The marriage of Rajesh Gaur (plaintiff-respondent) was solemnized with Anita Gaur (defendant-appellant) as per Hindu customs and ceremonies on 12-05-1999 after which they shifted to Mumbai where the plaintiff-respondent was running his business. Two children were also born out of wedlock. On 3-06-2014, husband (plaintiff-respondent) instituted a suit under Section 13 of the Hindu Marriage Act against the wife (defendant-appellant) seeking a decree of divorce on the ground of cruelty. He had alleged that about five years ago there was a sudden change in the behavior of his wife and the valuable articles, jewellery, cash, etc. started missing from the house. Further, he alleged that 2-3 years thereafter, he had started receiving telephone calls of crooked persons asking him either to return the money else he would be abducted. On being asked the plaintiff-respondent confessed to him that she had borrowed money on interest @ 10 percent per month and she also had purchased ornaments and clothes on credit. After getting continuous threats of abduction and capture of his flat the defendant-appellant fearing for his life and liberty decided to come back to Dehradun along with his wife; thereafter a Panchayat was held in the village in which the defendant-appellant admitted her mistakes in writing but even after that quarrels and scenes had become common on several occasions and it was impossible for the plaintiff-respondent to continue to live with the defendant-appellant. The defendant-appellant however in the written statement denied the allegations of the plaintiff-respondent but admitted borrowing money amounting to Rs. 10,00,000 for household expenses, payment of school fees, etc. She also submitted that she was being badly harassed by the plaintiff-respondent; and that she made a complaint in the Women Cell and also lodged a case under Section 494, Penal code, 1860 against him. After examining the evidence the court decreed the suit for divorce holding that the reasons stated for instituting the suit and the acts alleged by the plaintiff against his wife qualified to come under the category of cruelty.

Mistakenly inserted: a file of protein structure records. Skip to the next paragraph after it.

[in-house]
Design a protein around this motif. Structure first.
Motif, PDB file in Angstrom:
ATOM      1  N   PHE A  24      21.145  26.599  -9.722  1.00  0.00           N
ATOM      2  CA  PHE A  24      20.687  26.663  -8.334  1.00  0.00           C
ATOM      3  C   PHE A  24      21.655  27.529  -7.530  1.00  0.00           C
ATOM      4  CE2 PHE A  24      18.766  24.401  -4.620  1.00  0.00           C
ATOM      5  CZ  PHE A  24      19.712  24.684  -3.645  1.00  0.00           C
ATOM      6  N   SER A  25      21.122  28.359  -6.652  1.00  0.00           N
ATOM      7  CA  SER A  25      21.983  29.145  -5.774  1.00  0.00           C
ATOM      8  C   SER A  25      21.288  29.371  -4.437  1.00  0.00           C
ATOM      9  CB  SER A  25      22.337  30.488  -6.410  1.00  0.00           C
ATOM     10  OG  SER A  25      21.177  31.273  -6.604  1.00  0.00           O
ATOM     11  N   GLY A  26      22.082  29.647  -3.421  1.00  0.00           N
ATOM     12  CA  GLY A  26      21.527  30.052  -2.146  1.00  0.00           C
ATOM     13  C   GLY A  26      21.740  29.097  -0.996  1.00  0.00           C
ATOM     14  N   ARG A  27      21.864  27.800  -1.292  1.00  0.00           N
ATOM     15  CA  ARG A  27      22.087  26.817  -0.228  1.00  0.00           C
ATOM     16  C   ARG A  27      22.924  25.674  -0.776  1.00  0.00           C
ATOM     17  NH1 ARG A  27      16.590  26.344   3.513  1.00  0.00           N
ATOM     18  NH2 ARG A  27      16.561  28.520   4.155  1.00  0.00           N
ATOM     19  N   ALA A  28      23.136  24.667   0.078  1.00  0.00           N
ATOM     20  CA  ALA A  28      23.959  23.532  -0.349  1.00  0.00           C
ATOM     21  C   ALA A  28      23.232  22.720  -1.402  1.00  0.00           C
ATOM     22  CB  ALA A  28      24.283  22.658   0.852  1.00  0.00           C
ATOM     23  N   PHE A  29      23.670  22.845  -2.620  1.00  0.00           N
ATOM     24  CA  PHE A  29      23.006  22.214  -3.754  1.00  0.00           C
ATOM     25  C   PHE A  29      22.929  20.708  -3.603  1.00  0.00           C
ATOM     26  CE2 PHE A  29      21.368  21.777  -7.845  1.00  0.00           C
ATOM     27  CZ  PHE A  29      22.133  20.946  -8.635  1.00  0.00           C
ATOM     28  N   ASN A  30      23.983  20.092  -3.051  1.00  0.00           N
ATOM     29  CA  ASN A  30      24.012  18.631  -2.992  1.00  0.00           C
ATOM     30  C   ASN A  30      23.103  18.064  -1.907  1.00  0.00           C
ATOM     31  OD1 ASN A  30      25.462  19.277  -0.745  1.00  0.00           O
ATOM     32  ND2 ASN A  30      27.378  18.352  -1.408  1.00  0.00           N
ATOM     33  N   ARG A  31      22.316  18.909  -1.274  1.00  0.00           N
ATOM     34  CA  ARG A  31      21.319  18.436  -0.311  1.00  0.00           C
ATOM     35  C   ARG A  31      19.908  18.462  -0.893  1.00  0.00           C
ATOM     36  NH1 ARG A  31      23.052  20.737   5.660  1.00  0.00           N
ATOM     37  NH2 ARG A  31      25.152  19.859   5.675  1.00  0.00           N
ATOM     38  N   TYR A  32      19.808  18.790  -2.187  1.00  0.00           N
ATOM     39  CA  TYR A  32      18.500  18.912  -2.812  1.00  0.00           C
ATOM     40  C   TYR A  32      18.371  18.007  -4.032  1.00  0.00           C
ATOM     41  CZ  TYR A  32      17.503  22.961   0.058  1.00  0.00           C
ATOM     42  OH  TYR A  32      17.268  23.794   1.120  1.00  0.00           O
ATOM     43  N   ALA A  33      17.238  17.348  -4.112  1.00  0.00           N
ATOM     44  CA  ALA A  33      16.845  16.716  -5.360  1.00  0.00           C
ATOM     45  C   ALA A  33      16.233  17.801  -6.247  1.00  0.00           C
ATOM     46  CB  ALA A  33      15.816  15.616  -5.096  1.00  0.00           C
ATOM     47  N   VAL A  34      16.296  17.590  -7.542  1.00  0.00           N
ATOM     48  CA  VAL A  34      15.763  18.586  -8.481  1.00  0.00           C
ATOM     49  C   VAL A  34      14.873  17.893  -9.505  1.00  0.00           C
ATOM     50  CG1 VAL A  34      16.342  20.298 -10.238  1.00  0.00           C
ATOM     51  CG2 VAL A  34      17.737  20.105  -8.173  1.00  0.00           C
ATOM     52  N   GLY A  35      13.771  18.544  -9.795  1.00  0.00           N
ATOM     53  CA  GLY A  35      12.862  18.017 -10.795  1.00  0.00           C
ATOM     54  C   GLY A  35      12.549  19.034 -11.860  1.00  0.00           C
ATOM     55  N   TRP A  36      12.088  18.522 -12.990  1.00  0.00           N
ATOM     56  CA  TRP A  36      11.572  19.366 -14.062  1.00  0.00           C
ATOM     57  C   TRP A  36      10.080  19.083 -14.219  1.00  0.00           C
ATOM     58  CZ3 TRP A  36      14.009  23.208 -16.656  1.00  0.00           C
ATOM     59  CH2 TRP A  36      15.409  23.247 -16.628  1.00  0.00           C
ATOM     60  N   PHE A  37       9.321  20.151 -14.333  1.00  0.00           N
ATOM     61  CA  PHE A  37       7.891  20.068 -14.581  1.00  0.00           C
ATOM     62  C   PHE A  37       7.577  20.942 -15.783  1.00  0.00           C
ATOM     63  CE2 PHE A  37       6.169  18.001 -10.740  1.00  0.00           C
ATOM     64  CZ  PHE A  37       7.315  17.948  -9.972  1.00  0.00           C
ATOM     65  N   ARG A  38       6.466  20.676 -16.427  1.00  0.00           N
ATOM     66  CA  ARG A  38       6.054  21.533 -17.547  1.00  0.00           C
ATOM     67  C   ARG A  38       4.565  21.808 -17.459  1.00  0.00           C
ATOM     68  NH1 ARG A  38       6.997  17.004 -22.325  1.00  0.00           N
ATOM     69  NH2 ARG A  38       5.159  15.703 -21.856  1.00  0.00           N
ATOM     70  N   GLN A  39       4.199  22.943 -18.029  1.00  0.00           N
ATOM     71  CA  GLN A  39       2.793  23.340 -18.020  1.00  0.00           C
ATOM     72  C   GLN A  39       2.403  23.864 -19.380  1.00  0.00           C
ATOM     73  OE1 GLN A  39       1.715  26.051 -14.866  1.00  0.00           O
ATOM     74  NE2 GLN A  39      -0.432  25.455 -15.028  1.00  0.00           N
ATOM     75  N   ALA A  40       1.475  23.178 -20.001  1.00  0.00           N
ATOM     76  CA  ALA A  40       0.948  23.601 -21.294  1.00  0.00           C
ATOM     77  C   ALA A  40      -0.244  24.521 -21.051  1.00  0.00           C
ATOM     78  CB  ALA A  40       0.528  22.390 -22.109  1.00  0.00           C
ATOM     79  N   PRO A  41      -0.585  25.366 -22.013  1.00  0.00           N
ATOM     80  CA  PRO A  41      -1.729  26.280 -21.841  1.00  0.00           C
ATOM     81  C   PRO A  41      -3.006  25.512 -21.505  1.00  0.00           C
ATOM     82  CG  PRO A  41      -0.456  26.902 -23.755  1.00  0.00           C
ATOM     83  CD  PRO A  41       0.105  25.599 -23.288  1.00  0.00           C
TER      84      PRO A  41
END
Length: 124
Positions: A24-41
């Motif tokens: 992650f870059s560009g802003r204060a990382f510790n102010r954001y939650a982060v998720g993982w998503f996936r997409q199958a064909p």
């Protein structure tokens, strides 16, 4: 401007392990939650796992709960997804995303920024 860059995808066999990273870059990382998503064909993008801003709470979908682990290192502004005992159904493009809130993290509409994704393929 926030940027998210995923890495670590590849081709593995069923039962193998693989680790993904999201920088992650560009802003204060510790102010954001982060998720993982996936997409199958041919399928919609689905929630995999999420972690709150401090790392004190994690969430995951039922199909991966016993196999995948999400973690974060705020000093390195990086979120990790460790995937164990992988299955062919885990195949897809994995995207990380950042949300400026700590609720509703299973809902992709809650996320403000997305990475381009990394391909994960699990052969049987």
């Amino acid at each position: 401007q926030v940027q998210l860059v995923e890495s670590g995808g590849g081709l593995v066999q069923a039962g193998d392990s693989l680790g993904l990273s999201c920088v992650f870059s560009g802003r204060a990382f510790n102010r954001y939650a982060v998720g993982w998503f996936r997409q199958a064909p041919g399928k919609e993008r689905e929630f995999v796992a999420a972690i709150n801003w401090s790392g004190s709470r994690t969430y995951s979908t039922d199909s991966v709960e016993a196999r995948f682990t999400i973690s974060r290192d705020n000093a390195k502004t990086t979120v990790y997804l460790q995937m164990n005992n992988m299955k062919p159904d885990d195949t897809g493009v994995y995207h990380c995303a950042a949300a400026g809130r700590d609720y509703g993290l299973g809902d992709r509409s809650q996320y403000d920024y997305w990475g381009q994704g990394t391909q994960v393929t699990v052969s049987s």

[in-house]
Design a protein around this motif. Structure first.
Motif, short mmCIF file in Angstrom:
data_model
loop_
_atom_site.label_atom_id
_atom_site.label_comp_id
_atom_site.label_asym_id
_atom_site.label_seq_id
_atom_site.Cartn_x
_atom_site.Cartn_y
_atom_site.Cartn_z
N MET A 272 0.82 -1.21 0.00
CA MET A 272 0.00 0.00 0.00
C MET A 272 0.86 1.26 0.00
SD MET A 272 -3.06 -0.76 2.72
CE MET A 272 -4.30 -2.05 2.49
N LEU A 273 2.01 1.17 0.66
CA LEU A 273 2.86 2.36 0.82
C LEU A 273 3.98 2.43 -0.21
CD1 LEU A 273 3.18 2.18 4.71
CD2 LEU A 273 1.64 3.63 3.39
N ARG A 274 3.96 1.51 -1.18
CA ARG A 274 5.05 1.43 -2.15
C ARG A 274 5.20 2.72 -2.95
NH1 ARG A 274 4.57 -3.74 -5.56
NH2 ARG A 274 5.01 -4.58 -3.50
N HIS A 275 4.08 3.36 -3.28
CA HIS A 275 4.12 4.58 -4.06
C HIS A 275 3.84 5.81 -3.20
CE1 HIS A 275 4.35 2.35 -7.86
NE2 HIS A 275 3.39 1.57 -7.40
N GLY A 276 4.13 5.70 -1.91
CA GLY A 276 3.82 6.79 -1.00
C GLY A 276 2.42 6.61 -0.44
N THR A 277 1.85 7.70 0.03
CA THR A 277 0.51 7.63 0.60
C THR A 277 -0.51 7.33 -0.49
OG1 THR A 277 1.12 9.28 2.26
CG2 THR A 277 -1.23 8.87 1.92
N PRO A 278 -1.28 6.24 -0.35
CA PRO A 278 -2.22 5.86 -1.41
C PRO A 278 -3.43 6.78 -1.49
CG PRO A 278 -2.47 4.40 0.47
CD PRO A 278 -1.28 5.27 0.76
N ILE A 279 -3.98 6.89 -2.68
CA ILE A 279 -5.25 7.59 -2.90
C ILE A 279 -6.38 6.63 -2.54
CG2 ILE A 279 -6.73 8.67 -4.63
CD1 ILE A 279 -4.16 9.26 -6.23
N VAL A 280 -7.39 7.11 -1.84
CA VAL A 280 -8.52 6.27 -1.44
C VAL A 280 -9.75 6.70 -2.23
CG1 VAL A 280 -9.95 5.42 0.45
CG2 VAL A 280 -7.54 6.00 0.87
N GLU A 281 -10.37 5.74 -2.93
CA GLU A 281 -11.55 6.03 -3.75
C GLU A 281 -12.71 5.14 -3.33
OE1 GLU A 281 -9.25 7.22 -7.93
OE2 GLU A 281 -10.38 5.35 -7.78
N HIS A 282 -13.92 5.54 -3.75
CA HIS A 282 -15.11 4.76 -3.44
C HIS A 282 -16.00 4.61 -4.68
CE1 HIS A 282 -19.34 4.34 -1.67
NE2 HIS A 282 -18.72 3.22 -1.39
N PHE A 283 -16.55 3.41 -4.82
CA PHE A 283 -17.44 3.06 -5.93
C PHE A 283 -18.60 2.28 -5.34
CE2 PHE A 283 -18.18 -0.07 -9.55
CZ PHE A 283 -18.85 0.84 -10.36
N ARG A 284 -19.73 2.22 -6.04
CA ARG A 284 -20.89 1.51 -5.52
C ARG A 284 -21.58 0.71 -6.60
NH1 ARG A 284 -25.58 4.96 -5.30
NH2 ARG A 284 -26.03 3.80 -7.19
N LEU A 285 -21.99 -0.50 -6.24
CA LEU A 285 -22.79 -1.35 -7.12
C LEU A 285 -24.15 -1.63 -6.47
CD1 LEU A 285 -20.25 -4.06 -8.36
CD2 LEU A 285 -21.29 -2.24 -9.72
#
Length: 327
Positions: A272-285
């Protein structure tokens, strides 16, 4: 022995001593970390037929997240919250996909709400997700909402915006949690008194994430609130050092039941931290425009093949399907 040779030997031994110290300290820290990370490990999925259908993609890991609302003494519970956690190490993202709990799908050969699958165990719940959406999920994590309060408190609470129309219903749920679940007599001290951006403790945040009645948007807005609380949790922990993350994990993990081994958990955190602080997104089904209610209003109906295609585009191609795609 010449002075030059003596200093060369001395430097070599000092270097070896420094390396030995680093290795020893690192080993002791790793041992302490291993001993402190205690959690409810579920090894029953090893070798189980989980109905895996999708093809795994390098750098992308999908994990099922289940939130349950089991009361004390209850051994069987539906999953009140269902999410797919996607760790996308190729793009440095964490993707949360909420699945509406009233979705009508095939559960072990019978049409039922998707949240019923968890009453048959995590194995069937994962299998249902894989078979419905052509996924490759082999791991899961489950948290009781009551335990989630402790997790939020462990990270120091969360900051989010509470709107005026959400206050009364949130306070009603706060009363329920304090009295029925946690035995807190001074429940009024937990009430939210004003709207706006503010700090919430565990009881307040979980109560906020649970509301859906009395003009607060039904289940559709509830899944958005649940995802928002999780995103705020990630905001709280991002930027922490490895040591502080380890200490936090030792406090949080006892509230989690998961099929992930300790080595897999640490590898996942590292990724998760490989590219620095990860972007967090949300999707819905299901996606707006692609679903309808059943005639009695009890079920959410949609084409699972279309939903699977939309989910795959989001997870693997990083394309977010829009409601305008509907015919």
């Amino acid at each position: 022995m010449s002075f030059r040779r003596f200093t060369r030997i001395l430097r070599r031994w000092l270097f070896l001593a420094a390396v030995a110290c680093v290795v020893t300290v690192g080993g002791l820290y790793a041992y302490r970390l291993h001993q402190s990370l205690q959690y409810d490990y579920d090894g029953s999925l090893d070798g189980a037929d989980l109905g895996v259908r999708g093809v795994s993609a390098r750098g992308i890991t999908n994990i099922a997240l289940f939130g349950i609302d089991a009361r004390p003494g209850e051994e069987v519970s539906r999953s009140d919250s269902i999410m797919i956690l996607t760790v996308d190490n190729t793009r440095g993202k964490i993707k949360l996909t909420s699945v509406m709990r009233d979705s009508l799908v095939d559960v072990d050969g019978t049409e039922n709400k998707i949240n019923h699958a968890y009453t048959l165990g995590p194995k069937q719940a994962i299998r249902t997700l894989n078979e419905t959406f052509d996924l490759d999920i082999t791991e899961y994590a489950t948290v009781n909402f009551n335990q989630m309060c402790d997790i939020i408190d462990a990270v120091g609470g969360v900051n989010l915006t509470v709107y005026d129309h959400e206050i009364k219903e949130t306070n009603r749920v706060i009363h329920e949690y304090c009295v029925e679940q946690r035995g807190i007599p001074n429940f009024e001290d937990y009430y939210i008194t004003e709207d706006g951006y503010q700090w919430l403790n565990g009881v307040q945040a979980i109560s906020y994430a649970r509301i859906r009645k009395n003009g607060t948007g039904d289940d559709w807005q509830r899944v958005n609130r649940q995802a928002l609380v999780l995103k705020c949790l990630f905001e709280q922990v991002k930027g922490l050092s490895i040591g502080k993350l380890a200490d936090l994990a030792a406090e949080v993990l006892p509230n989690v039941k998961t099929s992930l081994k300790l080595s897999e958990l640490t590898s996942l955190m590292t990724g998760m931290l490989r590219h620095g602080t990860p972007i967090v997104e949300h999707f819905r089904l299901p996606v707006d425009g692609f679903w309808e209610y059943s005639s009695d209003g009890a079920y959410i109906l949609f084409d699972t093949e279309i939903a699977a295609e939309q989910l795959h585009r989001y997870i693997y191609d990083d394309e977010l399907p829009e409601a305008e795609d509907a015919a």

The Court while dismissing the appeal affirmed the order of the Family Court explaining that the word “cruelty’ was not defined under the Act and it could be physical or mental. The Court relied on various judgments of the Supreme Court like in Praveen Mehta v. Inderjit Mehta, (2002) 5 SCC 706, where it was held that “Mental cruelty cannot be established by direct evidence and it is necessarily a matter of inference to be drawn from the facts and circumstances of the case.” In Raj Talreja v. Kavita Talreja, (2017) 14 SCC 194 the Court had held that “cruelty can never be defined with exactitude.’ The Court also stated that the plaintiff-respondent failed to substantiate the allegations which she had made against the plaintiff-respondent. The Court consequently held that:

“All these acts and conduct, in our considered view, constitute cruelty. Further, as is evident, it was not a solitary instance of cruelty on the part of the defendant-appellant. The defendant-appellant indulged in repeated acts of cruelty and misbehavior with her husband.”[Anita Gaur v. Rajesh Gaur, 2020 SCC OnLine Utt 503, decided on 24-08-2020]

Suchita Shukla, Editorial Assistant has put this story together

Case BriefsHigh Courts

Kerala High Court: Shircy V., J. allowed the transfer petition of the petitioner’s matrimonial dispute cases to the Family Court most convenient for her to appear before.

In the present case, the petitioner who resides with her minor child at her paternal home approached the Court seeking to transfer her matrimonial dispute cases to the Family Court in the district where she currently resides.